The crafts-supply chain notified customers of the breach within two days of discovering the tampering. It also removed approximately 7,200 devices in its U.S. and Canada stores within approximately two weeks.

So far, Michaels has not disclosed details about how so many terminals were compromised, but analysts said all signs point to an organized group of criminals. The company says it is working with law enforcement authorities to apprehend the conspirators. …

The rest of this article is only available to active members of Questia

Already a member? Log in now.

Notes for this article

Add a new note
If you are trying to select text to create highlights or citations, remember that you must now click or tap on the first word, and then click or tap on the last word.
One moment ...
Default project is now your active project.
Project items
Notes
Cite this article

Cited article

Style
Citations are available only to our active members.
Buy instant access to cite pages or passages in MLA 8, MLA 7, APA and Chicago citation styles.

(Einhorn, 1992, p. 25)

(Einhorn 25)

(Einhorn 25)

1. Lois J. Einhorn, Abraham Lincoln, the Orator: Penetrating the Lincoln Legend (Westport, CT: Greenwood Press, 1992), 25, http://www.questia.com/read/27419298.

Note: primary sources have slightly different requirements for citation. Please see these guidelines for more information.

Cited article

Michaels Breach Casts Doubt on Data Security
Settings

Settings

Typeface
Text size Smaller Larger Reset View mode
Search within

Search within this article

Look up

Look up a word

  • Dictionary
  • Thesaurus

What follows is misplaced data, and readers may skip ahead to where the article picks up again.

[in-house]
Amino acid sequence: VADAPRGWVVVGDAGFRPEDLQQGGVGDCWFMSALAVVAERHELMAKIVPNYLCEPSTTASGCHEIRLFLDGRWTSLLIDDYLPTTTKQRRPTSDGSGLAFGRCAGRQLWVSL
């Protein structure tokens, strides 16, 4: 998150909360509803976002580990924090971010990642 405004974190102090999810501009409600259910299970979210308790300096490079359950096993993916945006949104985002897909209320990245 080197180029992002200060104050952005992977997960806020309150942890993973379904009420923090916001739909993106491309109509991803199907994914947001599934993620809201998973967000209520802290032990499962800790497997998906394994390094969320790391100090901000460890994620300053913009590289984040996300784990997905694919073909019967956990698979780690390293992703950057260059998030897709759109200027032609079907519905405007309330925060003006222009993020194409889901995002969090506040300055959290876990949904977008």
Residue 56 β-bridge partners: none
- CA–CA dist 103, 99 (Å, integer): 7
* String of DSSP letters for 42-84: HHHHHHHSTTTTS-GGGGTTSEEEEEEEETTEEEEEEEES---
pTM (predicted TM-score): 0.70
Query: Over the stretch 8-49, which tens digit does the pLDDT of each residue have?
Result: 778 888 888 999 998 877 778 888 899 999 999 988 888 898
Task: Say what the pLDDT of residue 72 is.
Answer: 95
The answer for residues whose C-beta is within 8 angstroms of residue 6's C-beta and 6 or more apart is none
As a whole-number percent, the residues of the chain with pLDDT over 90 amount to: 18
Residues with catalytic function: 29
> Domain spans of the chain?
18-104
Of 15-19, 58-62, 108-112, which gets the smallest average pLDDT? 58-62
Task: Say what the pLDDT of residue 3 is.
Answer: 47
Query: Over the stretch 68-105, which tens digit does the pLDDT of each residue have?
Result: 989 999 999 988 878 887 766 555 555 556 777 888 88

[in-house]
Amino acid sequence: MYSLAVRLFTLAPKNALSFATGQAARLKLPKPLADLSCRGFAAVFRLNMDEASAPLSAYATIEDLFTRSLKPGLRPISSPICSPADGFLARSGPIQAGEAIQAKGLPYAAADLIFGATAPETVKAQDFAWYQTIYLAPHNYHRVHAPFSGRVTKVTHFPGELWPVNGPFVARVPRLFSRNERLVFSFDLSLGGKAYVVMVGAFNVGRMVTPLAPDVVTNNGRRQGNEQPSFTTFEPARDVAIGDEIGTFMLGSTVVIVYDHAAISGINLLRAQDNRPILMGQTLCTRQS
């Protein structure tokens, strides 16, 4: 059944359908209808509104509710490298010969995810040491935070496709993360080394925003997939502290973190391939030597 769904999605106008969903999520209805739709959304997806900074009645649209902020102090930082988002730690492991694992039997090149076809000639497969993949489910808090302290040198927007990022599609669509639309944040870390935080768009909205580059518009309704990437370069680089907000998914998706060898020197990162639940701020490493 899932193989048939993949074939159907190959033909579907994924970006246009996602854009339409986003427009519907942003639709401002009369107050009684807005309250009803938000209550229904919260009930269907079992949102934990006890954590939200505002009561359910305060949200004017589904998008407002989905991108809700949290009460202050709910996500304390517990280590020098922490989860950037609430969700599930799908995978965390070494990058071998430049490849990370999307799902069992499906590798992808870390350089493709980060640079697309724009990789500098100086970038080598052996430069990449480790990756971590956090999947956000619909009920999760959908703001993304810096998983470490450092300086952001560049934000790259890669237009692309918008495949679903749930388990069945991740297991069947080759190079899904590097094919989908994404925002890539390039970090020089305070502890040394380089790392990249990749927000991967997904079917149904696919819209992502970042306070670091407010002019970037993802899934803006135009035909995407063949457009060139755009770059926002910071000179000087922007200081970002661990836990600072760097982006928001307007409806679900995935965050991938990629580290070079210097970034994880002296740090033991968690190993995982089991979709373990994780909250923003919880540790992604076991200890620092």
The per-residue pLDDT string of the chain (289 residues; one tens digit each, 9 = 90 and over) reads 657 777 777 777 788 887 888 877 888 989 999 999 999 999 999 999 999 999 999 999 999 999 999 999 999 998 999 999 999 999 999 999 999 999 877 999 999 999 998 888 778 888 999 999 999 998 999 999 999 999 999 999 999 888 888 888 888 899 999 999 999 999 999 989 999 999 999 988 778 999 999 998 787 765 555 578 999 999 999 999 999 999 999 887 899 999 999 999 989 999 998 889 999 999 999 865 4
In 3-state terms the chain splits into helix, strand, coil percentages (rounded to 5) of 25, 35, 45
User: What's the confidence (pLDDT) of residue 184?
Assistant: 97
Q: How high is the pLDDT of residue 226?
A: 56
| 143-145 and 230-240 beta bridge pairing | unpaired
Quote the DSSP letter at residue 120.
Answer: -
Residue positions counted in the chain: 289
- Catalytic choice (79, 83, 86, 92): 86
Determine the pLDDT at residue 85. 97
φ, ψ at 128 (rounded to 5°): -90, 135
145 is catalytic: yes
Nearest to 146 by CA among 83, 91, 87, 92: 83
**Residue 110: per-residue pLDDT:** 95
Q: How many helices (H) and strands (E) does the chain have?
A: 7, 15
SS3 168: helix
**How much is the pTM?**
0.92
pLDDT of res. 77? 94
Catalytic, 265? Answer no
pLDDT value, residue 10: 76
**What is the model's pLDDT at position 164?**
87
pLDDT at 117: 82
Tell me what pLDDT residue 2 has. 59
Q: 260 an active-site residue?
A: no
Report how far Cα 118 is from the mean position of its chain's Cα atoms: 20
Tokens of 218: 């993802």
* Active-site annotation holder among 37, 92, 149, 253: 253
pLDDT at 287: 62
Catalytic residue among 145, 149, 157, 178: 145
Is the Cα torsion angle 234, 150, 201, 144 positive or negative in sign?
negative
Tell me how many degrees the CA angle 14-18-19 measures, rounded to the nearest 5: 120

Please submit a word or phrase above.
Print this page

Print this page

Why can't I print more than one page at a time?

Help
Full screen
Items saved from this article
  • Highlights & Notes
  • Citations
Some of your highlights are legacy items.

Highlights saved before July 30, 2012 will not be displayed on their respective source pages.

You can easily re-create the highlights by opening the book page or article, selecting the text, and clicking “Highlight.”

matching results for page

    Questia reader help

    How to highlight and cite specific passages

    1. Click or tap the first word you want to select.
    2. Click or tap the last word you want to select, and you’ll see everything in between get selected.
    3. You’ll then get a menu of options like creating a highlight or a citation from that passage of text.

    OK, got it!

    Cited passage

    Style
    Citations are available only to our active members.
    Buy instant access to cite pages or passages in MLA 8, MLA 7, APA and Chicago citation styles.

    "Portraying himself as an honest, ordinary person helped Lincoln identify with his audiences." (Einhorn, 1992, p. 25).

    "Portraying himself as an honest, ordinary person helped Lincoln identify with his audiences." (Einhorn 25)

    "Portraying himself as an honest, ordinary person helped Lincoln identify with his audiences." (Einhorn 25)

    "Portraying himself as an honest, ordinary person helped Lincoln identify with his audiences."1

    1. Lois J. Einhorn, Abraham Lincoln, the Orator: Penetrating the Lincoln Legend (Westport, CT: Greenwood Press, 1992), 25, http://www.questia.com/read/27419298.

    Cited passage

    Thanks for trying Questia!

    Please continue trying out our research tools, but please note, full functionality is available only to our active members.

    Your work will be lost once you leave this Web page.

    Buy instant access to save your work.

    Already a member? Log in now.

    Search by... Author
    Show... All Results Primary Sources Peer-reviewed

    Oops!

    An unknown error has occurred. Please click the button below to reload the page. If the problem persists, please try again in a little while.